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4.6-billion-year-old meteorite is the oldest volcanic rock ever found

This is the oldest chunk of volcanic rock ever unearthed

Maine Mineral and Gem Museum/Darryl Pitt

The oldest volcanic rock we have ever discovered may help us understand the building blocks of planets. The meteorite, which was discovered in the Sahara desert in 2020, dates from just 2 million years after the formation of the solar system – making it more than a million years older than the previous record-holder.

“I have been working on meteorites for more than 20 years now, and this is possibly the most fantastic new meteorite I have ever seen,” says Jean-Alix Barrat at the University of Western Brittany in France. When he and his colleagues analysed the meteorite, called Erg Chech 002 or EC 002, they found that it was unlike any other meteorite we have ever located.

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It is a type of rock called andesite that, on Earth, is found mostly in subduction zones – areas where tectonic plates have collided and one has been pushed beneath the other – and rarely in meteorites. Most of the meteorites discovered on Earth are made of another kind of volcanic rock called basalt. Analysis of the chemical make-up of the new meteorite showed that it was once molten, and solidified nearly 4.6 billion years ago.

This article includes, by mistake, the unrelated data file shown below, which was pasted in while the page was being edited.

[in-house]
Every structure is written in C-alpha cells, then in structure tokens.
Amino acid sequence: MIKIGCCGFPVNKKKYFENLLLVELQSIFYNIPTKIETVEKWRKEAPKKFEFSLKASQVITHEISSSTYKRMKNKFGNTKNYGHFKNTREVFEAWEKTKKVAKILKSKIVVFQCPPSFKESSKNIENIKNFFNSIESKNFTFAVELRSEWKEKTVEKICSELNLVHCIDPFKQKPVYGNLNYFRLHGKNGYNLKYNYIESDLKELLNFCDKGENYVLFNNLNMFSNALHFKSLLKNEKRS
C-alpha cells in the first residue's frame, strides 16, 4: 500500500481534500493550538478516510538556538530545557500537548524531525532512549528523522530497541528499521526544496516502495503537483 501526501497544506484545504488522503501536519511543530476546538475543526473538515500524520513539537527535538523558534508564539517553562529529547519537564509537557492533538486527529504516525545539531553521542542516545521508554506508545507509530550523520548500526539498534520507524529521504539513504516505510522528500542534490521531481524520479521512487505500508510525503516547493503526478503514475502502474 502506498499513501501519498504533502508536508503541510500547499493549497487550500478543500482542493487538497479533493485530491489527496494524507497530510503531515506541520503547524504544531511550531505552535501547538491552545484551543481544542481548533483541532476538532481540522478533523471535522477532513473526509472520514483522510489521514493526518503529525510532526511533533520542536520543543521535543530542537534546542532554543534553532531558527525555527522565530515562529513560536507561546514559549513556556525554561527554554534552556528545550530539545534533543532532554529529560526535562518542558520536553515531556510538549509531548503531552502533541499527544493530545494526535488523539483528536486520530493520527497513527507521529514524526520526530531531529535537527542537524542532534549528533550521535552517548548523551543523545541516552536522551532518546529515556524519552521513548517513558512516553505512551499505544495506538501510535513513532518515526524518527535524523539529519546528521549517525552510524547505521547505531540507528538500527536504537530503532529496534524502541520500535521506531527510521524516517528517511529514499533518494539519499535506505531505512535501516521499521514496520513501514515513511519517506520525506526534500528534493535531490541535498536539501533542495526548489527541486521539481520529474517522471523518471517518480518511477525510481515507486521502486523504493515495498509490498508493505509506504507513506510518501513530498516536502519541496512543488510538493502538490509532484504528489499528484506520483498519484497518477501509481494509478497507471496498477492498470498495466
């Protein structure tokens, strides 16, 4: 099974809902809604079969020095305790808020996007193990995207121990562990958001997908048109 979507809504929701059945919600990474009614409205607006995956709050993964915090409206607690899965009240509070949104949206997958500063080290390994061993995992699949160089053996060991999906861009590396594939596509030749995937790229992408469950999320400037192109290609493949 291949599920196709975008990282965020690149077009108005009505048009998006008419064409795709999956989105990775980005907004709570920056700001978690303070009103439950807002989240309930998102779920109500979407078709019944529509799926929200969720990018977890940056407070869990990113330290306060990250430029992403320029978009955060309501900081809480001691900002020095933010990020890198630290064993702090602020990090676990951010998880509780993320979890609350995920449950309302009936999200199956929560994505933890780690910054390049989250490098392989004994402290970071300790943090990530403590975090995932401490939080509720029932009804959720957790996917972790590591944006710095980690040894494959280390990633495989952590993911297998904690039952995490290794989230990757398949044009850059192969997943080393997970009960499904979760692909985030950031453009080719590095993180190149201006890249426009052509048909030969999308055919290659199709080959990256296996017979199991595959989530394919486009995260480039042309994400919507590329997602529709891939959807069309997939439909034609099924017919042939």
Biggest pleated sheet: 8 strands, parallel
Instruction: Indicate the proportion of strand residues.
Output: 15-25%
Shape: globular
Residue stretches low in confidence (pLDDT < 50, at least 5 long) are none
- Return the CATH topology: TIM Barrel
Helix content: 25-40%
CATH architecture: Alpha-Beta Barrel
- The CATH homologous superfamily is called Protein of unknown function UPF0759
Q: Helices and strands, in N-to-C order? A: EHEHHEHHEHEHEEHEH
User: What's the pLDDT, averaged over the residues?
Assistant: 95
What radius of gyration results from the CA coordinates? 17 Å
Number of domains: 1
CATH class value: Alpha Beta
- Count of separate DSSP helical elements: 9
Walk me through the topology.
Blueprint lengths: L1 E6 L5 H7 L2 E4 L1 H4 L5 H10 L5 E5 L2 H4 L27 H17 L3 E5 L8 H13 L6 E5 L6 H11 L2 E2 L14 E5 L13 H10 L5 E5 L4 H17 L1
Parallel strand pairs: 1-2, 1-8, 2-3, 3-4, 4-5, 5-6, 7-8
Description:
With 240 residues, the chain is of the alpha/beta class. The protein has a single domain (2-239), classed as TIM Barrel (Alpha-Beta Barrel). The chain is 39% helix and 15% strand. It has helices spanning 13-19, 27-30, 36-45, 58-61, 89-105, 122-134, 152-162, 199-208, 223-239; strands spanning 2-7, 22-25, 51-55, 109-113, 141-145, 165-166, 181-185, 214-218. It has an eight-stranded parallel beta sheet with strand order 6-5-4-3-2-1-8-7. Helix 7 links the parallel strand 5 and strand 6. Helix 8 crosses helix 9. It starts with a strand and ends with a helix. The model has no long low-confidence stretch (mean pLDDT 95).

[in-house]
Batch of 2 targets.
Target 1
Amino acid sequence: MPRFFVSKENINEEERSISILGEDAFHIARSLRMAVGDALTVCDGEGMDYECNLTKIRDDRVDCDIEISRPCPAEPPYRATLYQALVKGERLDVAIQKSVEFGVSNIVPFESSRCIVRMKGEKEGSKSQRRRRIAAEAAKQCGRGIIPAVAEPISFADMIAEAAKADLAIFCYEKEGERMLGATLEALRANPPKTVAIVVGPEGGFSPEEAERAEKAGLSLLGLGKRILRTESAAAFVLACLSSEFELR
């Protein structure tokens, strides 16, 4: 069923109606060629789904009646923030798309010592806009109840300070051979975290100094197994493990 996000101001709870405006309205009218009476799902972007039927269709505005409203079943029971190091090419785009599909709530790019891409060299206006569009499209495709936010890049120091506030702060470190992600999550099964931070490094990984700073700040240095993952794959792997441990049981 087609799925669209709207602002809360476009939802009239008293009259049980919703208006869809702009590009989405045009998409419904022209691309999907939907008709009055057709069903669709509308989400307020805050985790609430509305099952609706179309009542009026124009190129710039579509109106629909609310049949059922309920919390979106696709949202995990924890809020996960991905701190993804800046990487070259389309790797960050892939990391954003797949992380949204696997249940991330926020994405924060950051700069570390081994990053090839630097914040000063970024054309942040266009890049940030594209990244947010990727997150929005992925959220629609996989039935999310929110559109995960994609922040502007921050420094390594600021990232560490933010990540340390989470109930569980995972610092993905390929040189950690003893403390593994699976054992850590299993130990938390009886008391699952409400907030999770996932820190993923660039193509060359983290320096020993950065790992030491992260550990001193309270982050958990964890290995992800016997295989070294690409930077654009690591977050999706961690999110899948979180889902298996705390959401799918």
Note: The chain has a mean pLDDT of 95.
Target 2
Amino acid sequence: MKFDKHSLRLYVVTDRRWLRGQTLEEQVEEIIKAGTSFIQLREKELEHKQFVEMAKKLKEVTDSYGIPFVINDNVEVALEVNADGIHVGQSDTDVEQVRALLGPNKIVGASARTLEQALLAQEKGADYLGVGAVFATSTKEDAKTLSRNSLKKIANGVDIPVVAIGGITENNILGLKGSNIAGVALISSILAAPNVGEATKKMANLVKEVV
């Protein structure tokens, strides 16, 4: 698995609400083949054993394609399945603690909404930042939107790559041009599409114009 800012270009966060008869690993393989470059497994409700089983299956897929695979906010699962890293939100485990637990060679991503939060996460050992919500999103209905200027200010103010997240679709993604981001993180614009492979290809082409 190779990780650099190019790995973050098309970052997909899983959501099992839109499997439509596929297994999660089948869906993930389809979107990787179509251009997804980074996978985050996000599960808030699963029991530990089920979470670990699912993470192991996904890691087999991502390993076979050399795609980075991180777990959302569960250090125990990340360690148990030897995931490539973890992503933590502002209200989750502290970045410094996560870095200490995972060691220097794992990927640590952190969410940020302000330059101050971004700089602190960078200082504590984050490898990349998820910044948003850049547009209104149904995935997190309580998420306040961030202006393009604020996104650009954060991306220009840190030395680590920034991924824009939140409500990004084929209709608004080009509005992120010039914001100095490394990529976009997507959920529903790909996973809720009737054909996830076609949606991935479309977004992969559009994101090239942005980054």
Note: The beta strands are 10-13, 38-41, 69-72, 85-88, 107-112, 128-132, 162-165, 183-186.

This means it was probably part of the crust of an ancient protoplanet that broke up early in the solar system’s past. No known asteroid looks like EC 002, which indicates that almost none of these relics still exist: nearly all of them have either crashed together to form planets or been smashed to bits.

“When you go close to the beginning of the solar system, it’s more and more complicated to get samples,” says Barrat. “We probably will not find another sample older than this one.”

The researchers’ analysis showed that it took the magma that makes up EC 002 at least 100,000 years to cool and solidify after it melted, which may indicate that it was unusually viscous. Further study of this artefact from the early solar system could help us understand how the planets, including Earth, formed.

Journal reference: Proceedings of the National Academy of Sciences, DOI: 10.1073/pnas.2026129118

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